I recently stumbled across the work of Tony Stella, an Italian illustrator who works in Milan and Berlin. Stella’s gorgeous designs, many of which were created as one-off posters for a Berlin cinema club in the 90s, reimagine the art-house cinema of the 50s and 60s with a rare lightness of touch. His poster for The 400 Blows is the only one I’ve seen that captures Antoine Doinel’s joie de vivre. I especially love his designs for Jacques Tati’s films, and he has also done superb posters for Tarkovsky and Jodorowsky, Shindo and Shinoda, Fellini and Fuller, and many more. And it’s not all canonical art-house classics, he also tackles contemporary works, like his striking design for the documentary 5 Broken Cameras.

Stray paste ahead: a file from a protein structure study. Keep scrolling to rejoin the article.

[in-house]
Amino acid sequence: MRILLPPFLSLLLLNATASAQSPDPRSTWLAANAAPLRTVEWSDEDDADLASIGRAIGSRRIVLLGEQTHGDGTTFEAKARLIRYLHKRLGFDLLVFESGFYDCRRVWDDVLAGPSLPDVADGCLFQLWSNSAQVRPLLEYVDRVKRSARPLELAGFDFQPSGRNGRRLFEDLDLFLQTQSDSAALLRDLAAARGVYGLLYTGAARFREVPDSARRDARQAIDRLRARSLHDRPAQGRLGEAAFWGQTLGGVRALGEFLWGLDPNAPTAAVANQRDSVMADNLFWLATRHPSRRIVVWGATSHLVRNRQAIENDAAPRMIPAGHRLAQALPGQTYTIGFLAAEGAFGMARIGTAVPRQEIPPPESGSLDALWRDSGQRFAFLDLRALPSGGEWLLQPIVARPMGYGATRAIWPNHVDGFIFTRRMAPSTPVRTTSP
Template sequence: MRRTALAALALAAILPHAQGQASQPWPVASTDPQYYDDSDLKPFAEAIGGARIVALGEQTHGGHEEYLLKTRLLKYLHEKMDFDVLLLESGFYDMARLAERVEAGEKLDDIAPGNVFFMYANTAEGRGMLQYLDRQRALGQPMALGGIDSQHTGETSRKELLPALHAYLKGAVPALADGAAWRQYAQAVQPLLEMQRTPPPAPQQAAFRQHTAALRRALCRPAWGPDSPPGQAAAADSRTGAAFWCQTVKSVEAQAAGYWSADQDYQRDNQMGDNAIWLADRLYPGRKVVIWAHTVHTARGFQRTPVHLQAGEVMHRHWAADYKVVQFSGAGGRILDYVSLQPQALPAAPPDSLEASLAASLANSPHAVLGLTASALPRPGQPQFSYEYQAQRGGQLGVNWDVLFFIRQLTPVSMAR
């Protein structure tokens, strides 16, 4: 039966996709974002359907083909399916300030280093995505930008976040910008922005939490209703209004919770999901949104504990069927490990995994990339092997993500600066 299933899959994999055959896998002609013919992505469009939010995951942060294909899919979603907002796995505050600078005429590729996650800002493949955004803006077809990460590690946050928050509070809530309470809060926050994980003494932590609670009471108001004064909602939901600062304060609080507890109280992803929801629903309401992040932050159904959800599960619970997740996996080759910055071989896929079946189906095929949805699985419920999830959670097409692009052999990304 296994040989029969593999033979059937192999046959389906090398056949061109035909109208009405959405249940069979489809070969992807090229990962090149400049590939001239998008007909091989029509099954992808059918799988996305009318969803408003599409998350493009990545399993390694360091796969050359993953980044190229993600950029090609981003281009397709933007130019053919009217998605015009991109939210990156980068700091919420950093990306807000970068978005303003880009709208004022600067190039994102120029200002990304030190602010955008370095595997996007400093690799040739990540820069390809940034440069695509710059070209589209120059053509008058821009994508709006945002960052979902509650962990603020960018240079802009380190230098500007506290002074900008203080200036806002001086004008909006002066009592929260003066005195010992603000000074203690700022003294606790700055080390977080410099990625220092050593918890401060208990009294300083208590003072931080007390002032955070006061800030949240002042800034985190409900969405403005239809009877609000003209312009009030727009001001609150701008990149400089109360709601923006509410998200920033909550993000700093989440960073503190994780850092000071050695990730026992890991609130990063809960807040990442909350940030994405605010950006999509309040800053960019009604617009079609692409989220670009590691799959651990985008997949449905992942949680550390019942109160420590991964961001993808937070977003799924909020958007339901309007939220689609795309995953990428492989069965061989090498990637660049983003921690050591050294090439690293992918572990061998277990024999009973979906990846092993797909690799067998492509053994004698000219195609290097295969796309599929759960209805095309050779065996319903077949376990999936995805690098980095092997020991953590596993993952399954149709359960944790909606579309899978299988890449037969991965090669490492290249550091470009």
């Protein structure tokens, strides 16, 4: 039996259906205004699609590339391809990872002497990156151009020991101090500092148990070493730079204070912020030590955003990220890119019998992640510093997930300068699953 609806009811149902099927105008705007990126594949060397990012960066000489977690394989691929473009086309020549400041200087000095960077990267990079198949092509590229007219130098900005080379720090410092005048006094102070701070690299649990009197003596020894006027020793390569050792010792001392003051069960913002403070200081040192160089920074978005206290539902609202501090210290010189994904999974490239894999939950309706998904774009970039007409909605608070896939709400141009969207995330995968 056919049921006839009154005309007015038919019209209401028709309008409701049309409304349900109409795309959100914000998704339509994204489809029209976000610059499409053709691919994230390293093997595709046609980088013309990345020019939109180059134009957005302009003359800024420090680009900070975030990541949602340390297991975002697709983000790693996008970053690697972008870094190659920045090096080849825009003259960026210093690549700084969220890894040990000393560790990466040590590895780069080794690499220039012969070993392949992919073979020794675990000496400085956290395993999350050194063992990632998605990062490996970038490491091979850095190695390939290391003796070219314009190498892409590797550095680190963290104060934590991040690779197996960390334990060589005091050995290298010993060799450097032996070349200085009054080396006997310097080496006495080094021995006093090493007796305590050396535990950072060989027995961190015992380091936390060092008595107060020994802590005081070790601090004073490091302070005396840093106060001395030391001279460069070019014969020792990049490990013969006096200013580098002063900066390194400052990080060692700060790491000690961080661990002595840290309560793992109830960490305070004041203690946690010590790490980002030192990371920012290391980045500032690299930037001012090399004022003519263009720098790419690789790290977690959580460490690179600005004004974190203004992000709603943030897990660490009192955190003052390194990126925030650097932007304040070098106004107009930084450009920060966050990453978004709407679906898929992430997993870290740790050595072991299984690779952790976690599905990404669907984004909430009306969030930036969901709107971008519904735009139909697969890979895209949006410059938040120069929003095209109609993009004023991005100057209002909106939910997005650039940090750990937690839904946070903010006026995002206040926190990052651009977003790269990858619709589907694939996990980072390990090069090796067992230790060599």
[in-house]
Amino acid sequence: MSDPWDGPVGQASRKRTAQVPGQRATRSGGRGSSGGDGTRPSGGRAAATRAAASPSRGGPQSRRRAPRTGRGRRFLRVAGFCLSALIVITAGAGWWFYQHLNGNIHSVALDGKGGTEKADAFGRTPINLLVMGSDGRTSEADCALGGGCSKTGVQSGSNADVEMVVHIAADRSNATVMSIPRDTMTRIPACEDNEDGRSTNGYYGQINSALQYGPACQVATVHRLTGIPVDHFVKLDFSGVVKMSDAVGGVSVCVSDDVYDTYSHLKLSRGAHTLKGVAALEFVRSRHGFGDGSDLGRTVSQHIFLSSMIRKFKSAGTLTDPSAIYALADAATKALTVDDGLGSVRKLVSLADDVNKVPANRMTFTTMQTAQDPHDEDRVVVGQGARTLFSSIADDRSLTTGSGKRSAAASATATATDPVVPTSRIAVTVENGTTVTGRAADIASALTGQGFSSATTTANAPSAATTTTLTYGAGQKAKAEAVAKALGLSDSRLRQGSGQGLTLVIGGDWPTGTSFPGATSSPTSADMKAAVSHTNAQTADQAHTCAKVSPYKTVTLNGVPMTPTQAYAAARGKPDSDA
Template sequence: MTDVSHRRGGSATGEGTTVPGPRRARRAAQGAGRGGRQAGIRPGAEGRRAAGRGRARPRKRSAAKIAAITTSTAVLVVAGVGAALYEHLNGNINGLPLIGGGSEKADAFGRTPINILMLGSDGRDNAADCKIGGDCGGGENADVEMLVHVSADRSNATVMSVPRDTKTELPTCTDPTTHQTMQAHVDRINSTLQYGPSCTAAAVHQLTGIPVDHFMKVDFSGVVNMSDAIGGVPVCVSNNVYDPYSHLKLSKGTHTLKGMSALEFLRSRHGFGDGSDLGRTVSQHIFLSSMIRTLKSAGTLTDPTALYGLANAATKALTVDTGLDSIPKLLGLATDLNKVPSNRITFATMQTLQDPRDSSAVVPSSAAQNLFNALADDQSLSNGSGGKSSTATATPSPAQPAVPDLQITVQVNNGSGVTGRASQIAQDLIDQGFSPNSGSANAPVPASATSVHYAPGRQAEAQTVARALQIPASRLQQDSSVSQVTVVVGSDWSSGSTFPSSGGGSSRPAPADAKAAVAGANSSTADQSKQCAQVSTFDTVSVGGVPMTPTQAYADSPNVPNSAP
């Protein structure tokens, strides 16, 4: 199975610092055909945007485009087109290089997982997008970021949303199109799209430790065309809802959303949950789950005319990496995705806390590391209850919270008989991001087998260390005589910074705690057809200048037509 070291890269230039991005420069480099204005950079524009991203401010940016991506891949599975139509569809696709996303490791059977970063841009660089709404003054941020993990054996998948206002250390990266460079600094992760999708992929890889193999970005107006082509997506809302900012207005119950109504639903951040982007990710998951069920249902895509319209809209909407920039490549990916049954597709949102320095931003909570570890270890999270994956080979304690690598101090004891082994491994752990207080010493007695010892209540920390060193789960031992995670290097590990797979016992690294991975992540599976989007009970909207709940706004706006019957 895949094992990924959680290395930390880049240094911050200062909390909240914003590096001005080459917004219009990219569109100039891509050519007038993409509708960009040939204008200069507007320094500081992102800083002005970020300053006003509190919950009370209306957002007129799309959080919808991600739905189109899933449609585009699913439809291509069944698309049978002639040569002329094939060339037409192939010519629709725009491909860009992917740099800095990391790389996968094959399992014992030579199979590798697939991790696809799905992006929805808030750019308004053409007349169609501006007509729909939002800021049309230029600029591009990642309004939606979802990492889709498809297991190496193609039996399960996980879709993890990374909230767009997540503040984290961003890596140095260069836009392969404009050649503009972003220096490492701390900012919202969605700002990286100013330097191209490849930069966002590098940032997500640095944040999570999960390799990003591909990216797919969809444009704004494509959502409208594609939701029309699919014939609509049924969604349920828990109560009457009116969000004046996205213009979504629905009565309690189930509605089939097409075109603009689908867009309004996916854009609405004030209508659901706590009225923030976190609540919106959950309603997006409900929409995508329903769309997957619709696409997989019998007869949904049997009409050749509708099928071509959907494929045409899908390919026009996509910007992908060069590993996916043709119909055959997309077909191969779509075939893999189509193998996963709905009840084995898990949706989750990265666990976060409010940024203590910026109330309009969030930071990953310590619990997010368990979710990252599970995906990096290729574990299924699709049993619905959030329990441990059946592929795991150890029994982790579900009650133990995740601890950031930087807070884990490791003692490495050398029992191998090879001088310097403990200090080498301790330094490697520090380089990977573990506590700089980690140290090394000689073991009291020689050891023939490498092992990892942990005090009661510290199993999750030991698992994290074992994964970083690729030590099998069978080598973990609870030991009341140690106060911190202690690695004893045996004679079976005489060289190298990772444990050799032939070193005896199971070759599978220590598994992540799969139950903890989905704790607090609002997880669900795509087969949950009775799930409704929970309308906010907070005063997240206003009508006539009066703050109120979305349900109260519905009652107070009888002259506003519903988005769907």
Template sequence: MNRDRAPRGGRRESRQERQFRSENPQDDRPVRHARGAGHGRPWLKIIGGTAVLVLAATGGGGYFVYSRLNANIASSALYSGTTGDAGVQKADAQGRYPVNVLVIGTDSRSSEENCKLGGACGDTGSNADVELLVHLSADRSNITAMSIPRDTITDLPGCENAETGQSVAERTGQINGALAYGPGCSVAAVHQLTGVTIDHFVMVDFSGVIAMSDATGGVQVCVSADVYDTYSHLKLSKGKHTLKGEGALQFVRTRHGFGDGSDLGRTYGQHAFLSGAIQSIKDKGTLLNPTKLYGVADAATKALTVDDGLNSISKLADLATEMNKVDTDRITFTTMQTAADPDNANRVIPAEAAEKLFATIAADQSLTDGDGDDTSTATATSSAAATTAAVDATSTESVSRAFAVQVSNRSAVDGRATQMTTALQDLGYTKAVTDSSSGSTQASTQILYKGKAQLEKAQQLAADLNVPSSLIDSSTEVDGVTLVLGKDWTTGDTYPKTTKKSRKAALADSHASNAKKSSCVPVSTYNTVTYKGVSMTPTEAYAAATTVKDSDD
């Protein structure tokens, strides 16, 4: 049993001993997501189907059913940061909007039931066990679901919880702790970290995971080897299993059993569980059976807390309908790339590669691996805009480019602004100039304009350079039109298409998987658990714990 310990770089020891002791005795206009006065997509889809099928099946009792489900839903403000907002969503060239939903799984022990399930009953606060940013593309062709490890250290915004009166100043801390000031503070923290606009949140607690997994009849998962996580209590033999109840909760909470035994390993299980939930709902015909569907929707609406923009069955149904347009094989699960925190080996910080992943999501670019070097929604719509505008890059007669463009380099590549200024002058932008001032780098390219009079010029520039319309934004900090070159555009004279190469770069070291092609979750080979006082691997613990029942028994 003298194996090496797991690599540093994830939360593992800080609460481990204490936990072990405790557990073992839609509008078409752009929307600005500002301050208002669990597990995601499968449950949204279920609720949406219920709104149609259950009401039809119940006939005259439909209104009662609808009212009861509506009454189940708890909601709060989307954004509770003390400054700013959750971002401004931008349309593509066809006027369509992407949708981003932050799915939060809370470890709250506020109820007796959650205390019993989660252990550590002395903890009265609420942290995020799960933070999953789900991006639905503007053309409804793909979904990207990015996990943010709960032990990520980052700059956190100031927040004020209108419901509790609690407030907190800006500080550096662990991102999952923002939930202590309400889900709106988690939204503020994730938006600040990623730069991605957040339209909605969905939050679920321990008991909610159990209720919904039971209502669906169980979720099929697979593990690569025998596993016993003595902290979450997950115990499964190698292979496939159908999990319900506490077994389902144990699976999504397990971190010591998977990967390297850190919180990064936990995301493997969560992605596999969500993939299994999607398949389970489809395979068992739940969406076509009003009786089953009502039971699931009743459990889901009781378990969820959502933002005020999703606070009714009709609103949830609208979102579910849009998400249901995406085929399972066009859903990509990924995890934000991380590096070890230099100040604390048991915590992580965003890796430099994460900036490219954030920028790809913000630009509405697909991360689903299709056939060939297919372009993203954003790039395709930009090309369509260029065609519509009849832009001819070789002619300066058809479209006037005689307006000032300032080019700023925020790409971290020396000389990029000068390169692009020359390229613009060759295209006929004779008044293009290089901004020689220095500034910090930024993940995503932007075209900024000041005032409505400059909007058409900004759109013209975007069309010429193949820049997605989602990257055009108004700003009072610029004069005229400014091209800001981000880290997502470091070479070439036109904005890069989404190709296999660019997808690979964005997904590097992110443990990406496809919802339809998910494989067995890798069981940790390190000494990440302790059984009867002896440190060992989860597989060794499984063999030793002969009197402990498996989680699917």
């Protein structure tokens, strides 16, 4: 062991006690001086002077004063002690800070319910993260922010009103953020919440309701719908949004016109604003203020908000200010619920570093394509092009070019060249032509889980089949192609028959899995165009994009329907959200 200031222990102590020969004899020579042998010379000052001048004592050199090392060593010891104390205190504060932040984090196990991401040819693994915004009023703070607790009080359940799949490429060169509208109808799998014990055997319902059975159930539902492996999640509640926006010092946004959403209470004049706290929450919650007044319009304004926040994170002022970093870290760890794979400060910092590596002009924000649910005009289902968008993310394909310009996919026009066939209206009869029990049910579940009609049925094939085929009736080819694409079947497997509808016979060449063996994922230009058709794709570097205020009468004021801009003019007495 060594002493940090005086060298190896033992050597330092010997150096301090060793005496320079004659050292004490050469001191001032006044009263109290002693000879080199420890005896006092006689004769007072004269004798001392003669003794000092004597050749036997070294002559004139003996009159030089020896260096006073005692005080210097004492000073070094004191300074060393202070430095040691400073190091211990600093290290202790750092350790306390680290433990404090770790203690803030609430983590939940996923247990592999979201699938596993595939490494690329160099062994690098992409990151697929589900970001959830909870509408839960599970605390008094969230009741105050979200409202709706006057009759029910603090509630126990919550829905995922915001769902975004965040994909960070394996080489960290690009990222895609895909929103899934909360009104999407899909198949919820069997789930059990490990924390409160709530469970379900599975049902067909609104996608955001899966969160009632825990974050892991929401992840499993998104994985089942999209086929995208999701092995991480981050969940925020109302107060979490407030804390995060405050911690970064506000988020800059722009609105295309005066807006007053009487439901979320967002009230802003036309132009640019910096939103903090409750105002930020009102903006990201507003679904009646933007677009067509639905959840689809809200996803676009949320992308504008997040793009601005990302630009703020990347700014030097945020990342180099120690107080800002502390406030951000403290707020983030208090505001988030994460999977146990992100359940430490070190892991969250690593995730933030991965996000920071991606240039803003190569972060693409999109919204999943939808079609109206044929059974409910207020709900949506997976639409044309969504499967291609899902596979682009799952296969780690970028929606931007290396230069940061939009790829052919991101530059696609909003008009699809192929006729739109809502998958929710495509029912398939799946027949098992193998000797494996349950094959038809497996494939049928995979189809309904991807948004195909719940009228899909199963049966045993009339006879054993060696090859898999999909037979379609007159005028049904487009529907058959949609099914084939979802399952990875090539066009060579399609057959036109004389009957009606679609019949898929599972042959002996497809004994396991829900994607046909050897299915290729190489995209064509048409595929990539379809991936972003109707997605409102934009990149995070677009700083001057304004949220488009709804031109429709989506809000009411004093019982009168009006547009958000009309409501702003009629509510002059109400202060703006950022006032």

Stella’s illustrative style—his seemingly effortless pen and ink sketches, his washes of watercolor and his brush-stroke lettering—harks back to an earlier age. He comes from a long family tradition of designers, and when I asked him about his influences he mentioned that he had grown up looking through the advertising and poster books in his grandfather’s library and that, among a myriad of influences, he especially loved 1950s illustrators like Mirolav Sasek.